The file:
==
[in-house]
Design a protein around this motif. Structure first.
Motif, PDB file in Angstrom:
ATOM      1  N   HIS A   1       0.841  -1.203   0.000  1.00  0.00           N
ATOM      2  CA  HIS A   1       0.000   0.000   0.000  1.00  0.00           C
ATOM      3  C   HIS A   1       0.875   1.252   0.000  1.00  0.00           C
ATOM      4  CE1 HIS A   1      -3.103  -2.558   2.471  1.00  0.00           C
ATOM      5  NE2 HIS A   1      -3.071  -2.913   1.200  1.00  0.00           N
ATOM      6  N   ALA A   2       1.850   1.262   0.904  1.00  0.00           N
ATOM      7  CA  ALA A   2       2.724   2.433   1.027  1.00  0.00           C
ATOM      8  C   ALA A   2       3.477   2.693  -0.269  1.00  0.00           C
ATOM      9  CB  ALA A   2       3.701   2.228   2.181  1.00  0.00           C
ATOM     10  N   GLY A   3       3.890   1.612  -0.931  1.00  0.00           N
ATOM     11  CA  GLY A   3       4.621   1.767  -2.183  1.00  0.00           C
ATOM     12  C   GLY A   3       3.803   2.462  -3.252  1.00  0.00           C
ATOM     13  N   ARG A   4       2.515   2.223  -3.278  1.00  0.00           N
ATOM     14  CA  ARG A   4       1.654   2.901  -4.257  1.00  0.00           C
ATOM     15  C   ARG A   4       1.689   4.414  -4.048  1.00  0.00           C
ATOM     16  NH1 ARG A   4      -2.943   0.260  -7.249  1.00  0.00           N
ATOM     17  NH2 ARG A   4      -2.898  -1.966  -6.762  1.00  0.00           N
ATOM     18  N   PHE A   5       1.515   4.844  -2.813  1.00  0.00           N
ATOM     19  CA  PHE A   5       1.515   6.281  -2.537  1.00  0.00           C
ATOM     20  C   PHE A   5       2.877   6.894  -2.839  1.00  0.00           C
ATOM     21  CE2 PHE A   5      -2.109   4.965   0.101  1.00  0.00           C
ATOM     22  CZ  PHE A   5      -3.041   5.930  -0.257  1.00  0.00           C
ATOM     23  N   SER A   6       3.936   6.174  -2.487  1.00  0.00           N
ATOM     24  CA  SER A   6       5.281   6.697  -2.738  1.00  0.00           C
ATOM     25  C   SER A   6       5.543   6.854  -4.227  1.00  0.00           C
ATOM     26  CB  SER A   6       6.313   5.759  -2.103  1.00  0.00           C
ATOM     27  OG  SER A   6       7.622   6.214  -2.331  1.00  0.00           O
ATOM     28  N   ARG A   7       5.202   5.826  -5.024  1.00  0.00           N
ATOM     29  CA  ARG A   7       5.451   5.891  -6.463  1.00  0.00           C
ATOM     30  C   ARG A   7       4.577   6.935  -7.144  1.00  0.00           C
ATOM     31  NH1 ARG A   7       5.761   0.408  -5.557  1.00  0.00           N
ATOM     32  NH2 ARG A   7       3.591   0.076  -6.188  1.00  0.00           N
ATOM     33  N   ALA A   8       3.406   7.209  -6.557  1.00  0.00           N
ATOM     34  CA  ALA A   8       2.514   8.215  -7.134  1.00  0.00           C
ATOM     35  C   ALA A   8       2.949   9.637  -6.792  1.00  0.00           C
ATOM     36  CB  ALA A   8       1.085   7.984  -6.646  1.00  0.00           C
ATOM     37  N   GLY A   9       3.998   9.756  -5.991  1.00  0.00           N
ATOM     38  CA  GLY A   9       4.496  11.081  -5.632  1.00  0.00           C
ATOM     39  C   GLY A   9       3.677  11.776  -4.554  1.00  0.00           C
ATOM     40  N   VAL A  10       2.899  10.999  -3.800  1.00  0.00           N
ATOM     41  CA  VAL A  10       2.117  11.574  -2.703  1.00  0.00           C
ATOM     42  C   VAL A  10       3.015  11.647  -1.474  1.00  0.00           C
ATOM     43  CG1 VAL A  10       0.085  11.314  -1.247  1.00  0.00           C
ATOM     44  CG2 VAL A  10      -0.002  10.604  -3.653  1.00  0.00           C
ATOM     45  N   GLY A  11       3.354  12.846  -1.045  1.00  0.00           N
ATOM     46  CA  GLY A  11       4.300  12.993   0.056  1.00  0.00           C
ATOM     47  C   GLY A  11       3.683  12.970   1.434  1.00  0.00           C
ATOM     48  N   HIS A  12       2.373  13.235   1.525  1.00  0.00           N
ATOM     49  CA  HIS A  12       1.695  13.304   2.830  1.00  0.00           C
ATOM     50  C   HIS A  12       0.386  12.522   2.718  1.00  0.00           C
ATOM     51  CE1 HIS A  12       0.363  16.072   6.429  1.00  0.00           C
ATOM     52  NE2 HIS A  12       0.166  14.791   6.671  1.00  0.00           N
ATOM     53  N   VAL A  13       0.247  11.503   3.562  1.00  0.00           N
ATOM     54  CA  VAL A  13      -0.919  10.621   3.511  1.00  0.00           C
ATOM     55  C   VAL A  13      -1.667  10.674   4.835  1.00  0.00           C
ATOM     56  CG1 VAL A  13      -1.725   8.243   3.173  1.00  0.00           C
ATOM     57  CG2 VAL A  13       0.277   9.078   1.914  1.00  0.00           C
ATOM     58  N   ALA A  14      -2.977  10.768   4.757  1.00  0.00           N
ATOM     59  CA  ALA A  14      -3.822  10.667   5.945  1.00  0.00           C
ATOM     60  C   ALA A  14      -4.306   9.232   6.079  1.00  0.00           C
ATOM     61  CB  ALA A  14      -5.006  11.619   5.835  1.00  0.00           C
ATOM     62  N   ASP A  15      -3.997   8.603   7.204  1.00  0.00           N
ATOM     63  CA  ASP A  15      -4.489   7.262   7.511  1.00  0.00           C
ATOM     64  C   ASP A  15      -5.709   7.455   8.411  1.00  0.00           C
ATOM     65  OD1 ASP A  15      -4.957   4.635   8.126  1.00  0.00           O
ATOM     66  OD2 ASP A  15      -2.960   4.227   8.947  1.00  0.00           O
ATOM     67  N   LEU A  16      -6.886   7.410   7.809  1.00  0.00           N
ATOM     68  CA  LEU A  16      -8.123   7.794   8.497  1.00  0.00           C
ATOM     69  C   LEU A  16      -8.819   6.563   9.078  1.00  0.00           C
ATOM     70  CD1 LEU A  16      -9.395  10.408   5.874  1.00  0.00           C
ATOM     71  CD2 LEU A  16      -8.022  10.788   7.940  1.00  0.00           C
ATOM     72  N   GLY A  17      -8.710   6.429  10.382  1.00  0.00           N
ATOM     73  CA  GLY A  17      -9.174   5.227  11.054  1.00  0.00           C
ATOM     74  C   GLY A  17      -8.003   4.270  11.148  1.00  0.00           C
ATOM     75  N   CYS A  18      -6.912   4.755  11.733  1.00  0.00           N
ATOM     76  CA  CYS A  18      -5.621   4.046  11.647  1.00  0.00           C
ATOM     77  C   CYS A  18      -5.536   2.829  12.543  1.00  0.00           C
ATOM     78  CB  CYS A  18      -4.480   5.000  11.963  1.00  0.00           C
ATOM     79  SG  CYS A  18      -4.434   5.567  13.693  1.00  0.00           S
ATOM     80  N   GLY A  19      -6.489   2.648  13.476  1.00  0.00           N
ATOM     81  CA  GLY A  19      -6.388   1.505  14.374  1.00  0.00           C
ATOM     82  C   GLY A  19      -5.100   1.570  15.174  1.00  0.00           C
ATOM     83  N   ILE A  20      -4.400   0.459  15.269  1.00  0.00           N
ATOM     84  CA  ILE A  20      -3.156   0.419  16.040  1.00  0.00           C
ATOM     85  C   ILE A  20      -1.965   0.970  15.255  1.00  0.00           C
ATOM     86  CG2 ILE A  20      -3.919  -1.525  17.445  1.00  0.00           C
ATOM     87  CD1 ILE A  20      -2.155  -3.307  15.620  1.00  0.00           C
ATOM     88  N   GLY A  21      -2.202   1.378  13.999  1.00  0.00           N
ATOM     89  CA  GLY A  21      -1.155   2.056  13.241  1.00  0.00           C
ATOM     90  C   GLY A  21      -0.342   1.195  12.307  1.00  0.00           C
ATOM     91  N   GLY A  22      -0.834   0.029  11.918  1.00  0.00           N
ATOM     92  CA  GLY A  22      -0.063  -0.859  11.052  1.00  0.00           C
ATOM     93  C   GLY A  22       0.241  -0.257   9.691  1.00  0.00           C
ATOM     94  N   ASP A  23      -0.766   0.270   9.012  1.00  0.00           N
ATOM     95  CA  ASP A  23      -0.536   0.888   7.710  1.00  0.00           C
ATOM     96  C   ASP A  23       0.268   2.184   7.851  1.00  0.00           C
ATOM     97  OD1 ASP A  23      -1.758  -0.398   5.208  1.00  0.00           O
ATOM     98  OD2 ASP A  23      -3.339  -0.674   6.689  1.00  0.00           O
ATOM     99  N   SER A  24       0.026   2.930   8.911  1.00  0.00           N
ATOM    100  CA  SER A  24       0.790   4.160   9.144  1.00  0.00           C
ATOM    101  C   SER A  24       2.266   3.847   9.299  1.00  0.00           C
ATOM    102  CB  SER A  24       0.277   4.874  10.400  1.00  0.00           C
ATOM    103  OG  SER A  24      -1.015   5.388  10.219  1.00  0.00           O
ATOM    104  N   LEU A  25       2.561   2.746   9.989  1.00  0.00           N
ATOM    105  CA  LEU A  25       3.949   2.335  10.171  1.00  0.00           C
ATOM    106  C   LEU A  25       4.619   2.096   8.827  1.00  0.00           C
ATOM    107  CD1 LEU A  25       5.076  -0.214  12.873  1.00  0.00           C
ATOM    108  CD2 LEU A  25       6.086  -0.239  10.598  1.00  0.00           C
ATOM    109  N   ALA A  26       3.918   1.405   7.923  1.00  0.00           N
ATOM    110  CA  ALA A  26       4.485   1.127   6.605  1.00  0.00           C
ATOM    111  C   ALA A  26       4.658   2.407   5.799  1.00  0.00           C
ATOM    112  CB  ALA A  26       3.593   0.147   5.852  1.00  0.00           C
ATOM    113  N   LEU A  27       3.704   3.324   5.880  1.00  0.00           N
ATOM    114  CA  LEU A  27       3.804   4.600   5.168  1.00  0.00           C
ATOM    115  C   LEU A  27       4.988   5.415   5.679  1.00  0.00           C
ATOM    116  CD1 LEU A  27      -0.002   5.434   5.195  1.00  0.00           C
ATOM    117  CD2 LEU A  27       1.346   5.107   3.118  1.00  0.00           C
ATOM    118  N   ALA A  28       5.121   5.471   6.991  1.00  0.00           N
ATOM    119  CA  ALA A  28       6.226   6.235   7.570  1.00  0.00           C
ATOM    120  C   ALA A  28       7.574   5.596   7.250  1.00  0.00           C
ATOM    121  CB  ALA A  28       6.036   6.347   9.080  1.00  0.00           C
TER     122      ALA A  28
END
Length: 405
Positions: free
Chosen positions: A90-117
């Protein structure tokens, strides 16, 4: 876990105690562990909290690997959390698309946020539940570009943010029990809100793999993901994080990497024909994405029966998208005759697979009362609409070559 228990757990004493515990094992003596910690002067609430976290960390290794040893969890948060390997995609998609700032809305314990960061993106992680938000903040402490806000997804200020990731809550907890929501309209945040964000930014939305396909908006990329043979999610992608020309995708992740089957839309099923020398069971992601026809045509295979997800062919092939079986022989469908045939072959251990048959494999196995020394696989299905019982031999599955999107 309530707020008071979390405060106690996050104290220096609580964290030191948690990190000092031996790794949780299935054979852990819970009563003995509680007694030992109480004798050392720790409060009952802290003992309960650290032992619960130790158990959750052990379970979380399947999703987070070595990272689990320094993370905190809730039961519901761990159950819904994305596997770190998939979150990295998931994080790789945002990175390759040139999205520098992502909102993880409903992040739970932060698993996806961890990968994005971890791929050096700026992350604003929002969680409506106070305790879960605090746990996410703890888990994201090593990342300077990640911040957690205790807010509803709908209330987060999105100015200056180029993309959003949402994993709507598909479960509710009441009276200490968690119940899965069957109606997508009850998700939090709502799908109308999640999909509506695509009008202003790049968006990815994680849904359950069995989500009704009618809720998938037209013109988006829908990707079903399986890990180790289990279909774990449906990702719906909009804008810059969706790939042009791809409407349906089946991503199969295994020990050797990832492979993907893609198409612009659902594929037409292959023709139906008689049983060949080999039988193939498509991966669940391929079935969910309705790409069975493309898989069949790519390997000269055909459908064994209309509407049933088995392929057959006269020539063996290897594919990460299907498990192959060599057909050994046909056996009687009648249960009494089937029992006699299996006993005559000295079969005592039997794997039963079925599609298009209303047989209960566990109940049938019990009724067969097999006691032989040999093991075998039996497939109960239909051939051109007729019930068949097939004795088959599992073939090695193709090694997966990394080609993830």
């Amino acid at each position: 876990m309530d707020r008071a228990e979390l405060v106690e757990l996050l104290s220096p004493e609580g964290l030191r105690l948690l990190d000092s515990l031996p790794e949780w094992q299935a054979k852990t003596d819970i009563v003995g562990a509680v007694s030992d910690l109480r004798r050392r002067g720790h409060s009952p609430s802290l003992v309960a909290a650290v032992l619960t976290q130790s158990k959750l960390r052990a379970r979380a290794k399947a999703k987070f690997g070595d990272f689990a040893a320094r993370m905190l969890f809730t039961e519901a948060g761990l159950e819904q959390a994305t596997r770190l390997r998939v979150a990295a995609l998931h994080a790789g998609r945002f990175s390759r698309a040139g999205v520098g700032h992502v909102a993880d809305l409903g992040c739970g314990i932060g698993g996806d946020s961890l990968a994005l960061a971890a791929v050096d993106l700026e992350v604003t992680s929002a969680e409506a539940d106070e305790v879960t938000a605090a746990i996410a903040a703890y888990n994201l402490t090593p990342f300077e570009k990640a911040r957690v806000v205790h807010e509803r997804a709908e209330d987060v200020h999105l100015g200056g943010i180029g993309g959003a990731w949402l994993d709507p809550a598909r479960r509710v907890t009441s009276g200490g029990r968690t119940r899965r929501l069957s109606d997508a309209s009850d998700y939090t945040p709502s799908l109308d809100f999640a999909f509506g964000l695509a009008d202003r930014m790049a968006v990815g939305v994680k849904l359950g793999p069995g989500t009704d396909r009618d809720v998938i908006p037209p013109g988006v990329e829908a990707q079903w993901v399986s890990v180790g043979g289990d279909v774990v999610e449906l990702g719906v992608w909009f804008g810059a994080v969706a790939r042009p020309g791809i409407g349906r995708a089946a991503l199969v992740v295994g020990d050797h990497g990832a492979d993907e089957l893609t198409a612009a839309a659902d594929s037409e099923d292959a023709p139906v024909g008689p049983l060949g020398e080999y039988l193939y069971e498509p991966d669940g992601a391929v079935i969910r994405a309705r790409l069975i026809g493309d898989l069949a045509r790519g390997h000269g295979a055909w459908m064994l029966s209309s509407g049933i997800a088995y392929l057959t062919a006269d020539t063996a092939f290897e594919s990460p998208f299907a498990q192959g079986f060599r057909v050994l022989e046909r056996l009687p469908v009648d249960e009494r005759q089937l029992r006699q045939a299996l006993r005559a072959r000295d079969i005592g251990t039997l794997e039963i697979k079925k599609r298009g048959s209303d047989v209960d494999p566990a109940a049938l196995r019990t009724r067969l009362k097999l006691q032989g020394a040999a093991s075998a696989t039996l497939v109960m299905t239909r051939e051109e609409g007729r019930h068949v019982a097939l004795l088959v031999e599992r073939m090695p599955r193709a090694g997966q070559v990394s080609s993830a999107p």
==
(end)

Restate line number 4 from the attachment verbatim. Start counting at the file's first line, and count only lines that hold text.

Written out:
ATOM      1  N   HIS A   1       0.841  -1.203   0.000  1.00  0.00           N